Crispin rightly calls out the rich feminists, the racist feminists, and the lazy and entitled feminists who’ve lost touch with their less advantaged sisters. Feminism “ended up doing patriarchy’s work,” she contends:
Now that we have access as women, women in positions of power are much less likely to attempt to dismantle this system of inequality. Power feels good. Capitalism feels good. It gives you things, as long as its boot is not on your neck.
In an especially strong passage, she describes the treacherous path modern American women took, and are taking, to “empowerment”:
[Y]ou will have to exhibit the characteristics of the patriarchs who built [the system]. In order to advance, you will have to mimic their behavior, take on their values […]
It’s nice in there […] If you value power, people will give you power, and with that comes money, luxury, a way out of all that oppression and misery. Little thought will be given to those left on the outside.
This is exactly right, but it’s not the whole story. Middle-class American women turned their backs on those less fortunate not only because of selfishness and I-got-mine-ism, but also because life on the materialist hamster wheel is so utterly grueling and exhausting that it leaves you neither the time nor the energy required in order to comprehend the worthier cause, let alone contribute to it meaningfully. Privilege is not all that privileged for those who have struggled to stay afloat in the middle class over the last 30 years. Everyone, man and woman, is working 50 or 60 hours a week; there are kids to somehow get through college, bills to pay, and laundry to do. The ACLU membership and the occasional volunteer work, unsurprisingly, didn’t bring about a better world. We are selfish, sure, and maybe also the Man keeps us all dog-tired for a reason. Attention is splintered, the media are imploding, and those who could make effective allies are suddenly at one another’s throats. These aren’t simple phenomena, and they’re all interconnected. And yes, as Crispin argues, compassion and empathy are needed in order to bridge all the gaps.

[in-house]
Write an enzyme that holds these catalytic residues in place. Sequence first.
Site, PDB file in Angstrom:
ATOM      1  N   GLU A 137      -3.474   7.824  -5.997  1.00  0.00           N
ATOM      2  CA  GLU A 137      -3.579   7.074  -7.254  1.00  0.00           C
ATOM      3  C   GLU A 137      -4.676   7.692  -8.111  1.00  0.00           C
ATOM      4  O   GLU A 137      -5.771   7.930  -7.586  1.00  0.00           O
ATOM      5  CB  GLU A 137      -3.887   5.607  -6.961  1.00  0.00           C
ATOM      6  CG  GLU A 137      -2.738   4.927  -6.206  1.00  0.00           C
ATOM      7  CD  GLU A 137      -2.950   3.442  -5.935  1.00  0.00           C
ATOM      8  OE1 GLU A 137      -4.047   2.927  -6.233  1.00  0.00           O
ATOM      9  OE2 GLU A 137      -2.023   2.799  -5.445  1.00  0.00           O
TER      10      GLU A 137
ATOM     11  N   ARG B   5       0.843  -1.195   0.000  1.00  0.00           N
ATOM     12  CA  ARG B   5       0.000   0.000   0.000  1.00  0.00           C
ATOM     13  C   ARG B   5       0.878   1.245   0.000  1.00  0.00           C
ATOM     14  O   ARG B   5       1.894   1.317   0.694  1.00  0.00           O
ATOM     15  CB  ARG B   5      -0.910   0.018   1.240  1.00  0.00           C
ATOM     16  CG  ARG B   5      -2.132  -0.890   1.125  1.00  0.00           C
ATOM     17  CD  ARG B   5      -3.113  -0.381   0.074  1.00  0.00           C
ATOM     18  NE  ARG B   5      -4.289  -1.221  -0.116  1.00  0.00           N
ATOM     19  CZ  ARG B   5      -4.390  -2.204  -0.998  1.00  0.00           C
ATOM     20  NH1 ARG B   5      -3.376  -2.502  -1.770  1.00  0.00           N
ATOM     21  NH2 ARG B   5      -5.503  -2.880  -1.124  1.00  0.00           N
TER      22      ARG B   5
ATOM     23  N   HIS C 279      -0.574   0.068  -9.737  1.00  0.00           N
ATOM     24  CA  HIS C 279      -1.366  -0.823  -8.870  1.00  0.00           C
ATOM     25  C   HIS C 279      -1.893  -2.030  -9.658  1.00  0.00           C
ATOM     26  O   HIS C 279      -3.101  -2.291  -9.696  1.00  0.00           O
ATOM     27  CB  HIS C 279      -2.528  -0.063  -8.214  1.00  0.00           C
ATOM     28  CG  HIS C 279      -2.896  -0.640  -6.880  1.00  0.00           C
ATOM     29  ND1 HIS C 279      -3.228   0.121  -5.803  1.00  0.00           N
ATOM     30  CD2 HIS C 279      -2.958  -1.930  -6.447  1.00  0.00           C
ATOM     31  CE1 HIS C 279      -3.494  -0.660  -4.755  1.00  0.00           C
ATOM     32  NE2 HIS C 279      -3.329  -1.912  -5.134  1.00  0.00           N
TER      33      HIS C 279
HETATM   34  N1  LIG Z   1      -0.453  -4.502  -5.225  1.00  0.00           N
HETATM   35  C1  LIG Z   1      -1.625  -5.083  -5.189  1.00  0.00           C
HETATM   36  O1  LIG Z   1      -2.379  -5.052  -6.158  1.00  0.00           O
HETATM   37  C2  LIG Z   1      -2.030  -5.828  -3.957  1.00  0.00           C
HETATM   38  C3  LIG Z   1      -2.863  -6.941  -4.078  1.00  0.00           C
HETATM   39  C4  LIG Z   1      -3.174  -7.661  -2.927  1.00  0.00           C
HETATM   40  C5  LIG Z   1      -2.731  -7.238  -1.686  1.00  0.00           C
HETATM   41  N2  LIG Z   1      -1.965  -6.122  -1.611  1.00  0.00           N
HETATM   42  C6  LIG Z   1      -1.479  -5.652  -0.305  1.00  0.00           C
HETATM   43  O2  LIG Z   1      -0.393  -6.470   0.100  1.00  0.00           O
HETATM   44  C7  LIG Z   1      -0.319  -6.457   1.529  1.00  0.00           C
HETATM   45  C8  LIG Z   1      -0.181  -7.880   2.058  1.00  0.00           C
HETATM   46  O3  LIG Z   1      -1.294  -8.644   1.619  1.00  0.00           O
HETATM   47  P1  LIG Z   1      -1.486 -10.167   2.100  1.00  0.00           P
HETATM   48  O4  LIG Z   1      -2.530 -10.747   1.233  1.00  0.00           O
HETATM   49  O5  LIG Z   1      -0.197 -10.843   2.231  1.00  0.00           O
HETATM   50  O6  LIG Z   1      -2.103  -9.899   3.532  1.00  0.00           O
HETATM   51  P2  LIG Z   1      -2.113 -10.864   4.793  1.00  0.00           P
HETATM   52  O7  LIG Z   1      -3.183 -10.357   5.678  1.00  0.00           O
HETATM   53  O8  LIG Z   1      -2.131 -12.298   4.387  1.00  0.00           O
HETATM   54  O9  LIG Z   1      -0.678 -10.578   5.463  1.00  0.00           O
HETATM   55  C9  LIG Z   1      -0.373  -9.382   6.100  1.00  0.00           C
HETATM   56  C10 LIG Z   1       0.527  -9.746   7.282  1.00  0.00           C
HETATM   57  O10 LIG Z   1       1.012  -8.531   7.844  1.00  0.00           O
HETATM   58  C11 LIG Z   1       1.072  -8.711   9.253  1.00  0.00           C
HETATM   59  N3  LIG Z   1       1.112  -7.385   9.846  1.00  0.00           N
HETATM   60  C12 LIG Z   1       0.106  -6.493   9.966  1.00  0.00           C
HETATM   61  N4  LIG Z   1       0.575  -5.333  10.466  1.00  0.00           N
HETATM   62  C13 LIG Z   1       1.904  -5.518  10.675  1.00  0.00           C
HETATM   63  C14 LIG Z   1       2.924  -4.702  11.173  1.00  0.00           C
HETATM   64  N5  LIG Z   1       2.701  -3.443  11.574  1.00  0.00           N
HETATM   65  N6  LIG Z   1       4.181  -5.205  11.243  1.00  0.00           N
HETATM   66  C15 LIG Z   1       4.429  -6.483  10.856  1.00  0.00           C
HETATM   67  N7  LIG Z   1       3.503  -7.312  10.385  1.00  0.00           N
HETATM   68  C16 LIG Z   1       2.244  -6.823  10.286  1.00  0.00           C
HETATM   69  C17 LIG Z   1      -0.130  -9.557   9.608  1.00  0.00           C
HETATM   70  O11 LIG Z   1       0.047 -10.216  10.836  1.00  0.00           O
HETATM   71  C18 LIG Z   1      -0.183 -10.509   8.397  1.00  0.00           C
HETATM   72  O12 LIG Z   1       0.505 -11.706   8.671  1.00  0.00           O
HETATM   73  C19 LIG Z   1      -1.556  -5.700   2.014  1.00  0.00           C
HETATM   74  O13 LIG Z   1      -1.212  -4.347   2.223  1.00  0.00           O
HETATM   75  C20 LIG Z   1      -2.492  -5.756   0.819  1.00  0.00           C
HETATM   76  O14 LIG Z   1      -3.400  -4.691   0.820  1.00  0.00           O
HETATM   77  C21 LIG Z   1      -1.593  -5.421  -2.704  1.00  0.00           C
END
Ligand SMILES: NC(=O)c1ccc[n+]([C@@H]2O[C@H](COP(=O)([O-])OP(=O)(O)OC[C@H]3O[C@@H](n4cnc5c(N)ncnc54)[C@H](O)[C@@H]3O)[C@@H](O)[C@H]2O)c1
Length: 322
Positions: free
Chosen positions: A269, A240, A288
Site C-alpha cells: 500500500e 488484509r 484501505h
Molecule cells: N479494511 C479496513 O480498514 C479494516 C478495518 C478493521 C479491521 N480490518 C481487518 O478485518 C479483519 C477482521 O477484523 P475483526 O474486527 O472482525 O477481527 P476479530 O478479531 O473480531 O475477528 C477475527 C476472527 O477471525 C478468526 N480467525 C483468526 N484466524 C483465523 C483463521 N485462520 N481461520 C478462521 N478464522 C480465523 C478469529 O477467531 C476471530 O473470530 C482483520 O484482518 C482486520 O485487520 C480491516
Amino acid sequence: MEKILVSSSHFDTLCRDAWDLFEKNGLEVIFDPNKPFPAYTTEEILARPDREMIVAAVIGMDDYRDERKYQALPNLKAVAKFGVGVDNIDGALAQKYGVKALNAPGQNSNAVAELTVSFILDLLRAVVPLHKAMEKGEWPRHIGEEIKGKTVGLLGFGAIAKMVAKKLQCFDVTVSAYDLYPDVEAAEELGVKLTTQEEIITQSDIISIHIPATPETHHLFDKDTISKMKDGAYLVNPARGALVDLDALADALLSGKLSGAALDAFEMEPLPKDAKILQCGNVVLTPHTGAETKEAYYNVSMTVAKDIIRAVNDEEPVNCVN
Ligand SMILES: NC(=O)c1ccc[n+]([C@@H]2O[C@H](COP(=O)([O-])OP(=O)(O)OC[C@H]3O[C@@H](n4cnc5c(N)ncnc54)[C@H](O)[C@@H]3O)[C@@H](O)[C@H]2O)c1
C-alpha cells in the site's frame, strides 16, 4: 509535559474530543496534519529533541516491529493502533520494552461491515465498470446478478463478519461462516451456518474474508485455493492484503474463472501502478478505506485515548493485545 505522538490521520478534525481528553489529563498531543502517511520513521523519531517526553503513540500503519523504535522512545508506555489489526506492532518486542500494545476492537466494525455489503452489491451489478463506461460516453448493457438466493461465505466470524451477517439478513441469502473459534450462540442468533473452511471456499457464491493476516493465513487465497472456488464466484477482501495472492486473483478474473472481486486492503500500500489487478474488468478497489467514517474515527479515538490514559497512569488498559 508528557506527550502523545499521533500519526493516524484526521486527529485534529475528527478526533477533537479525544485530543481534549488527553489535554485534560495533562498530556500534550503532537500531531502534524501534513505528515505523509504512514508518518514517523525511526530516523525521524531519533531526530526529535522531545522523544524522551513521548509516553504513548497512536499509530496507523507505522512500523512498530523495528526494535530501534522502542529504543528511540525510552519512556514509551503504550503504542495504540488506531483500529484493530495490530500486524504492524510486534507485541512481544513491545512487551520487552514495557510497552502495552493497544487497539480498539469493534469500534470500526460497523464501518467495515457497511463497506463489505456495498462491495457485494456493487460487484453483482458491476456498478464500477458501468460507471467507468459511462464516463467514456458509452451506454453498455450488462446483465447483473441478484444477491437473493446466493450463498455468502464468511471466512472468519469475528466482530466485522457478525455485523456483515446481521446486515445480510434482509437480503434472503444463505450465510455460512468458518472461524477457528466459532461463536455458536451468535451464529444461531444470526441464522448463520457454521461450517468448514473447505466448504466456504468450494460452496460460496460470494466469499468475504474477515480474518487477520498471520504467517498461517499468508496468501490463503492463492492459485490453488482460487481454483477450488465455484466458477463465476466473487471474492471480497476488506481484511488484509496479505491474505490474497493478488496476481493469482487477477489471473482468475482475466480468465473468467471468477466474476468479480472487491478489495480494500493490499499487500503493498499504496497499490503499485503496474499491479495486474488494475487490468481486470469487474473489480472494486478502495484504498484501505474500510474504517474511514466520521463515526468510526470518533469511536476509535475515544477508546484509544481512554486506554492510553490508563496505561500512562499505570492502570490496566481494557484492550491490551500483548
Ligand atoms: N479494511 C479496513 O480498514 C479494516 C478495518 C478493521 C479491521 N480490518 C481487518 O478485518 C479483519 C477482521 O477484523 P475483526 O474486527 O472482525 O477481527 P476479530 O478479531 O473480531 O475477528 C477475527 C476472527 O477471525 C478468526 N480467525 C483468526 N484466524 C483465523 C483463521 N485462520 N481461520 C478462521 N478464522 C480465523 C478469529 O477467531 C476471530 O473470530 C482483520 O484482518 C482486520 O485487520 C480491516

The funeral of the hopelessly confused, self-infatuated “movement” that is modern American feminism was already held last fall, however unwittingly, by the pantsuit brigade belting out Rachel Platten’s godawful “Fight Song” during the campaign last fall. Fight song! Swan song, more like. When you’ve lost your job or your house or both, what you need is a government that will help you, and who cares whether it is headed by a man, a woman, or a Yeti, provided it fulfills that need? But no, we were supposed to be “With Her,” whether or not she was “With Us.” Those balloon-filled rallies studded with kazillionaires pre-inaugurating Hillary Clinton were entirely … hmm … deplorable, at the time, to many on the left as well as the right, and the memory of their smug, entitled presumption now, when none other than Steve Mnuchin is Secretary of the Treasury and Jeff Sessions is Attorney General, only makes all this even more depressing.
Crispin’s criticisms of the feminist status quo, in short, are spot on. Feminists (and Clinton, and Democrats in general) failed and are failing because of their refusal to take the fight to the corpocrats and to stand openly with causes like Black Lives Matter and Fight for $15. Absent a plain and absolute demand for equality, feminism has devolved into ineffectual, mealy-mouthed bullshit, all navel-gazing, “self-empowerment,” and “Leaning In.”
Because these deficiencies are so often politely ignored or glossed over, Crispin’s vitriol is bracing. In any milieu where volunteering and altruism play a key part — in education and foundation work as well as politics — pointed self-criticism like this is much, much too rare. Most people involved in the feminist movement want a better world; Crispin wants a better world. I know this. And she is right that we haven’t the ghost of a chance of getting there until we are willing to admit the truth, gnarly as it may be.
The unsuspecting reader of egalitarian convictions is in for a colossal shock, then, to learn that Crispin’s manifesto contains within its pages a chapter titled, “Men Are Not Our Problem.” Having claimed elsewhere that feminists have developed an unhealthy “unwillingness to share space with people with different opinions, worldviews, and histories,” here is what Crispin has to say to men: